4 Ways To Keep Your Home's Exterior Cool In A Hot Climate

Your home protects you and your family from the high outside temperatures. With the right changes to your home's exterior, you can increase the amount of protection your home gives you from the heat. Here are four ideas to help keep your home cool from the sun's heat.

Radiant Barrier Roof 

Your home's roof can receive heat from the sun all day. There are several things you can change with your roofing materials to reduce the amount of heat they absorb from the sun. Adding a radiant barrier in your home's attic between the roof and your home's interior is one of these ways. This radiant barrier can be a layer of aluminum sheeting or a reflective spray treatment to keep the heat out of your home. 

A radiant barrier under residential roofing can cost anywhere from 15 to 75 cents per square foot. But, this barrier can save you up to $200 each year in home cooling costs.

Cool Roofing Shingles

If you live in a hot climate, you don't want to have a dark asphalt-shingled roof on your home. This type of material is great in cold climates because it soaks up the sun's heat all day long and holds it in through the night, continuing to warm your home. If you have cool roofing materials on your home, you can lower the temperature on your roof by up to 50°F.

A good type of roofing material for a hot climate is slate tiles because their lighter color reflects the sun's heat off your home. 

Terra cotta tiles are also great for hot climates because they hold less heat. Terra cotta tiles are baked to make them hard and less porous so they don't hold in the sun's heat. Also, the shape of the terra cotta tile is a half-barrel or s-shape, allowing air circulation under each tile to prevent heat capture and keep your home cooler.

Green Roof

If your home has a flat or shallow pitch roof, it can be converted to a green roof. Add two or more inches of soil and a drainage material right over your roofing membrane and you can plant a green roof. 

A green roof reduces the urban heat island effect and insulates your home to keep it cooler when it is hot outside. The living plants, soil temperature, and roof water runoff all help to cool your house.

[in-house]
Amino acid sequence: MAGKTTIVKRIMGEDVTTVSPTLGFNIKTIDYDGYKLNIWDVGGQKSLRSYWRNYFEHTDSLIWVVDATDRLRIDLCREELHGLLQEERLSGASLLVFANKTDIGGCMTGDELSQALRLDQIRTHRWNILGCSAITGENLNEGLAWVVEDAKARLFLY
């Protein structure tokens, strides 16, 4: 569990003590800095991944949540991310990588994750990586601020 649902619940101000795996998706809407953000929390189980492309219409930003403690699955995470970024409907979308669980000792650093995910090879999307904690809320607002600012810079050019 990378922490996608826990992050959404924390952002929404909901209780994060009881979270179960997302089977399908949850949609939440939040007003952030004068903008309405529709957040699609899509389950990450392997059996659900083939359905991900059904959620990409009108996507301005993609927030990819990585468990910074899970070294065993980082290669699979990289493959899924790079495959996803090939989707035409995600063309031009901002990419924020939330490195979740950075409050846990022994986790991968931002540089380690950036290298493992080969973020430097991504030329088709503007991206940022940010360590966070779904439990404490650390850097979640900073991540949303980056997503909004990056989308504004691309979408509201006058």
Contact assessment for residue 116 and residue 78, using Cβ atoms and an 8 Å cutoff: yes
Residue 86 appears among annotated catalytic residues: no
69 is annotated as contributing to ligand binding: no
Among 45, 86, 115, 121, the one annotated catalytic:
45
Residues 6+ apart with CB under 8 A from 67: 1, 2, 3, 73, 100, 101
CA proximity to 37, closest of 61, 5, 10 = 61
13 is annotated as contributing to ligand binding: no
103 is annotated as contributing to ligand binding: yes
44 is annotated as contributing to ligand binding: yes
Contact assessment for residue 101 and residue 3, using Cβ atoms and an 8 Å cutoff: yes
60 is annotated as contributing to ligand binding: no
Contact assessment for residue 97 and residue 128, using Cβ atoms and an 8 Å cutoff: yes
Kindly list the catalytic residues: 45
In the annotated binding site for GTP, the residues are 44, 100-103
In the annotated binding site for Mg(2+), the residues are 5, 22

Shade Trees and Vegetation

Besides making your yard and home look attractive, having a lawn and plenty of shade trees in your yard can help keep your home cool when you live in a hot climate. The right landscaping design in your yard can cut your home's cooling bill by as much as 40 percent. Large trees in your yard will cast a shadow over your home's windows and roof, preventing your home from absorbing heat from the sun. The air temperature under shade trees in your yard can be 25°F lower than the temperature around a nearby asphalt parking lot. Then, trees that shade your home's roof and walls can lower the temperature inside your home by eight to ten degrees F. 

If your home has east and west-facing windows, it is a good idea to plant trees in your yard outside the windows. During the summer, the sun will shine into these windows of your home as it rises and sets, heating your home. 

You should also plant trees around your air conditioner unit outside. According to the Department of Energy, providing shade for your air conditioner can increase its efficiency by ten percent. But, make sure no leaves or vines are blocking the compressor's air flow. 

Use these four tips to help keep your home cool.